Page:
People in the public eye deserve more respect
It’s time to step up our protests against intrusive pictures of public people in their private moments.
This week we have seen two examples of shameful media intrusion and outright hypocrisy.
The first is the publication of pictures of the Duchess of Cambridge’s royal baby bump, revealed while she was wearing a bikini on a private holiday.
As I’ve written before, we must ensure that we give Kate, and her husband Prince William, enough privacy to enable them to stay sane amid unprecedented global scrutiny.
Given that they are both more than adequately fulfilling their public roles, I think it’s time to give them a little more privacy off-duty.
There is a difference, I think, between snapping them walking along a public road while shopping, and hunting them down on a private island with a lens longer than an arm.
But it’s the hypocrisy that has accompanied the publication of the pictures that really annoys me.
Who, for instance, covered the story this week with the headline: “Leave Kate Alone! The expectant royal couple’s privacy plea is ignored as new photo scandal breaks”.
And yet the Who story reproduces the cover of Star magazine, clearly showing the bikini baby-bump pics, as well as the cover of Chi magazine showing the naked Duchess shots from earlier in the year.
Who notes that the publication of the naked shots promoted a “global furore” and caused “humiliation to Kate”, but yet it is happy to prominently display the very same photos – albeit pixelated of course.
Just wait for next week when Woman’s Day, which is understood to have paid $150,000 for the full set of bikini baby bump pics, hits the news
The same hypocrisy is shown in Woman’s Day’s treatment of the photos of radio and TV host Chrissie Swan.
Swan, who is pregnant with her third child, was snapped taking a drag on a cigarette in her car outside work by a paparazzo.
Woman’s Day outbid Swan’s managers and bought the pics for $53,000, and then nastily put one on their cover with the headline: “Chrissie Swan: The photos that saved my life”.
A beaming pregnant Swan is pictured next to the shots of her smoking in the car, giving the very misleading impression that she has consented to the story and is grateful to the magazine. What total rot.
Swan has admitted that the taking of the photos has ultimately been beneficial because after the furore the last thing she feels like is a cigarette.
But the job was done in the taking of the photos: the publication of them clearly has caused her additional shame, hurt and humiliation.
Sure, she wouldn’t be in this position if she didn’t smoke while pregnant in the first place, but it’s really no one’s business but her own.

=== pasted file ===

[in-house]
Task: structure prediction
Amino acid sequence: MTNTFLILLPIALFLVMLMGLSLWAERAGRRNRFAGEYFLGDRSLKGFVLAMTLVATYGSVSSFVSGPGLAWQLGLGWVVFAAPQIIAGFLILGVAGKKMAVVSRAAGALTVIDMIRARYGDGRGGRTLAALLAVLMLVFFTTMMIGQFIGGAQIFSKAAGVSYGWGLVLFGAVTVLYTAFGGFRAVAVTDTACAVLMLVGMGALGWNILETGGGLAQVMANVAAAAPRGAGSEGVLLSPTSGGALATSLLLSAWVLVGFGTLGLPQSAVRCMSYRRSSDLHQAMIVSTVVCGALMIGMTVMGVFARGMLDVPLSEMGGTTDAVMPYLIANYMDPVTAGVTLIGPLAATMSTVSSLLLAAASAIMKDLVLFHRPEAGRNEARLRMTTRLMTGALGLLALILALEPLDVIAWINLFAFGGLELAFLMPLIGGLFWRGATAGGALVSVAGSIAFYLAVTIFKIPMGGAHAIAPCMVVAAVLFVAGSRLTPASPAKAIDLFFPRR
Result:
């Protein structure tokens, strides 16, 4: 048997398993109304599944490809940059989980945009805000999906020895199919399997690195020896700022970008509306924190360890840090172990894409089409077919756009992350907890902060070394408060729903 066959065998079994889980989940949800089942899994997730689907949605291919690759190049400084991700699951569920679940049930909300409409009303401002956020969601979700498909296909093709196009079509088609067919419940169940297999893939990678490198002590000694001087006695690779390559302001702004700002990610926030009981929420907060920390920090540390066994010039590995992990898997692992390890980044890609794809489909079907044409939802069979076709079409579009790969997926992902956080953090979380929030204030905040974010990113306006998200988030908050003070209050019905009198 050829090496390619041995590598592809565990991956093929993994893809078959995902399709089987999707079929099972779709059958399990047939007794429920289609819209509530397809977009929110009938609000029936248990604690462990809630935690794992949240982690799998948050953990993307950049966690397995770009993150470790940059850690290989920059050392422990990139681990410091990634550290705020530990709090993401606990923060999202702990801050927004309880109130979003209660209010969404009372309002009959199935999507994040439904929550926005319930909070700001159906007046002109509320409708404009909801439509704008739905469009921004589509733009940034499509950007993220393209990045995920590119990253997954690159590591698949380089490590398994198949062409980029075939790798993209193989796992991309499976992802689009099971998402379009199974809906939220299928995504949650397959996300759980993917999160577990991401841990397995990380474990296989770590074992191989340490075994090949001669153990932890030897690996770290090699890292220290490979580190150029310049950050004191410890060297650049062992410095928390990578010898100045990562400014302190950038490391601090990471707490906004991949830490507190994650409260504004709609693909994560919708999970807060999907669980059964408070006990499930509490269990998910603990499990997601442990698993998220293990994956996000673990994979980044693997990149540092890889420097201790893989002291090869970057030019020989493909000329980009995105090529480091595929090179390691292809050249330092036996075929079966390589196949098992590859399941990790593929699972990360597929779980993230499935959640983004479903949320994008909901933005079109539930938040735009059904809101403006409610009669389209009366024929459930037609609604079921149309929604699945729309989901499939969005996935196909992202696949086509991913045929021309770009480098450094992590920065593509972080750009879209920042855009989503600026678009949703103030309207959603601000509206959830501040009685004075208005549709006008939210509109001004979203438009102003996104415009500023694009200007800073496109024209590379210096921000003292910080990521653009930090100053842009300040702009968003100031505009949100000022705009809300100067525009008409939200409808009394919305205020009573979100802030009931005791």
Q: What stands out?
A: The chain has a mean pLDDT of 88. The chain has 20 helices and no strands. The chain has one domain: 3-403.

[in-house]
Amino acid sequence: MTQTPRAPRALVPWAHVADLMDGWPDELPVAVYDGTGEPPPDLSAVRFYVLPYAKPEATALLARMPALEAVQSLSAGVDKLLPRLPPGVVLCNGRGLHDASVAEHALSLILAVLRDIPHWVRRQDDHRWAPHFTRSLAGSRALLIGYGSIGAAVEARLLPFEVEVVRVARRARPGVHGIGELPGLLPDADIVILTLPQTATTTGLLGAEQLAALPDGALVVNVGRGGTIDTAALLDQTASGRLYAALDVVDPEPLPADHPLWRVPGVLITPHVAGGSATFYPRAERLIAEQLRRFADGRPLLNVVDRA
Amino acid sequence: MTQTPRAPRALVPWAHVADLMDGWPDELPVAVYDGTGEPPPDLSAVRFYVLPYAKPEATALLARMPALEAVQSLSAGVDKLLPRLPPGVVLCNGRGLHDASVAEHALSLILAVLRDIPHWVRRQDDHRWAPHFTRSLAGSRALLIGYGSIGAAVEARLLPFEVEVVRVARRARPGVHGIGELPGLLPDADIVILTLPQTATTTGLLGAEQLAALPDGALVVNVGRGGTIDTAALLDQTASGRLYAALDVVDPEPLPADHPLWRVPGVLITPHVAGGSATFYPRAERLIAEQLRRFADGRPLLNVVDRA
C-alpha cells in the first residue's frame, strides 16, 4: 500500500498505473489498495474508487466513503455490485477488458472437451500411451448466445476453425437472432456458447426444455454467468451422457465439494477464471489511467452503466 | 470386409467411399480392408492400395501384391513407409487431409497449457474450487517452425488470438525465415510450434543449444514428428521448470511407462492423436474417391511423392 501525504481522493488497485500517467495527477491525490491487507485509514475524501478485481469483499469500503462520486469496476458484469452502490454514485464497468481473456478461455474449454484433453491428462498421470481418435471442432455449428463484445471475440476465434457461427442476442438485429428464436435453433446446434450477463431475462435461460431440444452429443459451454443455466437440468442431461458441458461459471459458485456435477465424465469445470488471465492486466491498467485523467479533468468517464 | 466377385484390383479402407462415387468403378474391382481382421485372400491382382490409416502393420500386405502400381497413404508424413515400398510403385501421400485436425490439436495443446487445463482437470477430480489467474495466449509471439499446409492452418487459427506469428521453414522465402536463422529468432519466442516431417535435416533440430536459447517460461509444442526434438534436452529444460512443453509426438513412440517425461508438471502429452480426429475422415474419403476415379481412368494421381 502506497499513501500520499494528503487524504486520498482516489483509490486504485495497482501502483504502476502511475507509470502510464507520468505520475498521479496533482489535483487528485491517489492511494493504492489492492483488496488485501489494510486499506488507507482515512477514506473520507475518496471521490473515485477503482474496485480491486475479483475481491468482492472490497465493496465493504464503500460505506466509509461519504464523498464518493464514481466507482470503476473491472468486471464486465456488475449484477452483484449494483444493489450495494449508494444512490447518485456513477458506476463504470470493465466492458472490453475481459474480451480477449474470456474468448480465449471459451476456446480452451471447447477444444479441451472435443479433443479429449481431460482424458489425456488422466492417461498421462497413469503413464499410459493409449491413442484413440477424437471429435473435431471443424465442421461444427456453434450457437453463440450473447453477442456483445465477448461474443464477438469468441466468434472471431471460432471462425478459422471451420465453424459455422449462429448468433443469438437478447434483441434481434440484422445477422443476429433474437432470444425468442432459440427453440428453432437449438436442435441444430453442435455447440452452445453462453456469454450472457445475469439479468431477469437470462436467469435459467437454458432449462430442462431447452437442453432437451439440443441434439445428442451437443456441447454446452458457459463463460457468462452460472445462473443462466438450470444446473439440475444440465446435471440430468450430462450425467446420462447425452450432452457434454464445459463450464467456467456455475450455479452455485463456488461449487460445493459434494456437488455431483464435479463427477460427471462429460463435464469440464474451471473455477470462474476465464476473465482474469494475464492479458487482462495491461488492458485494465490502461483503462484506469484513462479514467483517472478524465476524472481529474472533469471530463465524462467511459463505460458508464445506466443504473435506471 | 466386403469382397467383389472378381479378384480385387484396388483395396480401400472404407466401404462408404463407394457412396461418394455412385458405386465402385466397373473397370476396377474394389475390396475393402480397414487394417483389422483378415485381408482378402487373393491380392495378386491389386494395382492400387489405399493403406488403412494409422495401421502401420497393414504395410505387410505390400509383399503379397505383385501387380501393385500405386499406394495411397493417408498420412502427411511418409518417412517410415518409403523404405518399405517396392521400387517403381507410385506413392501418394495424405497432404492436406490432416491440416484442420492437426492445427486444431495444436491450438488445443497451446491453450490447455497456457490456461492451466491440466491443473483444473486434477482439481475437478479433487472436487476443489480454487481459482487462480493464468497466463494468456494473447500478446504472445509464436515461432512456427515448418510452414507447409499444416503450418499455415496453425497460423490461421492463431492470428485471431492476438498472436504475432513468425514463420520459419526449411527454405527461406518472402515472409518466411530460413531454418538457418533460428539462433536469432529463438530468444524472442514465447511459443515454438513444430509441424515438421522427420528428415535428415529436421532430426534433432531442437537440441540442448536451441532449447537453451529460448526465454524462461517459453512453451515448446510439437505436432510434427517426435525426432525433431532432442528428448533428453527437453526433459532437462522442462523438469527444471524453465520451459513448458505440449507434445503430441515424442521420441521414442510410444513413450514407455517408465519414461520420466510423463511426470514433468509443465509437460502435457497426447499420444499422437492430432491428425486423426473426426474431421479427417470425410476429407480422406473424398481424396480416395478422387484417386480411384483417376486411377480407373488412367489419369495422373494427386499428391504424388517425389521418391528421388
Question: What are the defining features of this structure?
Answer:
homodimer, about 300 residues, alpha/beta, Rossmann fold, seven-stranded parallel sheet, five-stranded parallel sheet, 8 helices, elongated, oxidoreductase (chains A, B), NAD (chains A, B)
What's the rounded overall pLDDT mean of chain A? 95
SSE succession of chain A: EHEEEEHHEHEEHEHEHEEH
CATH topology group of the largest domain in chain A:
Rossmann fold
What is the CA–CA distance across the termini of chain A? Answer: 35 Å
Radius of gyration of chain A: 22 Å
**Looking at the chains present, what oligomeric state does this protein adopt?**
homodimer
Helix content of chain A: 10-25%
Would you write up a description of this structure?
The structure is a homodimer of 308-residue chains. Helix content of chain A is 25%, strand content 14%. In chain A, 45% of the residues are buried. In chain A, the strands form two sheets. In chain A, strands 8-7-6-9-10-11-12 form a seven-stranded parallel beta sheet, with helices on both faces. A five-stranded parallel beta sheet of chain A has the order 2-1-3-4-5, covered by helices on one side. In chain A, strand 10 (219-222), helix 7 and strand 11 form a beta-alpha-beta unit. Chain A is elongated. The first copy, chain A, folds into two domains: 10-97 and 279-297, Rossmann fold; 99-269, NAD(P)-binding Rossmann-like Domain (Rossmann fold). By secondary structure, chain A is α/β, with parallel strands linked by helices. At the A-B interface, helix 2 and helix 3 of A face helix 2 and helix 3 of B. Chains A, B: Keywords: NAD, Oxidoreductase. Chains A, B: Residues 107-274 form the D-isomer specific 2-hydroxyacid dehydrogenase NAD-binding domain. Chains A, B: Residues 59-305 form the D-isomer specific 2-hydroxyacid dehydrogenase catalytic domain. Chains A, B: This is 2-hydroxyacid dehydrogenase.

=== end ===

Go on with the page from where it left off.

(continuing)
However, the hypocrisy doesn’t end there: Channel Ten is also to blame for taking advantage of one of its biggest stars.
First, they wheeled her out to do a humiliating mea culpa interview on The 7PM Project about the topic – which I am sure was the last thing she felt like doing in the circumstances.
They then used clips of Swan crying to promote the new season of her late night talk show Can of Worms.
(Interestingly, it didn’t work, with the return of the show rating just 351,000 capital city viewers nationally.)
Swan is a rare television and radio talent, happy to admit her own failings in the public eye, but instead of protecting their star, Channel Ten exploited her.
Now, we all know smoking while pregnant can be hugely harmful to a baby – but so is the kind of acute stress that this entire episode would have caused Swan and her family.
We need to start asking where the public interest is in these kinds of degrading, intrusive photos.
I think it’s time to allow people in the public eye a little more self-respect in their private daily lives – particularly those who do nothing to court this kind of attention.
Ironically, those who are more private are often subjected to additional unwanted scrutiny.
As I wrote recently, people like Nicole Kidman have paid a price for failing to open up about key parts of their private lives.
I know it’s often hard to draw the line between public and private: shotslook as if they are gross invasions of privacy are often cosy orchestrated deals between celebrity and photographer.
But there are a few give-aways: are they pictured in glamorous matching outfits, perfect bodies and designer swimwear? Does the glossy photo spread come with exclusive quotes from those pictured? Are they trying to sell something?
I also think it’s not enough to blame the photographers.
Let’s also blame the people who spend hundreds of millions of dollars every year buying the magazines that provide a market for such pictures.
I’m not saying we should just leave celebrities alone totally, but allowing them to have a bit more dignity wouldn’t be a bad thing for all of us.
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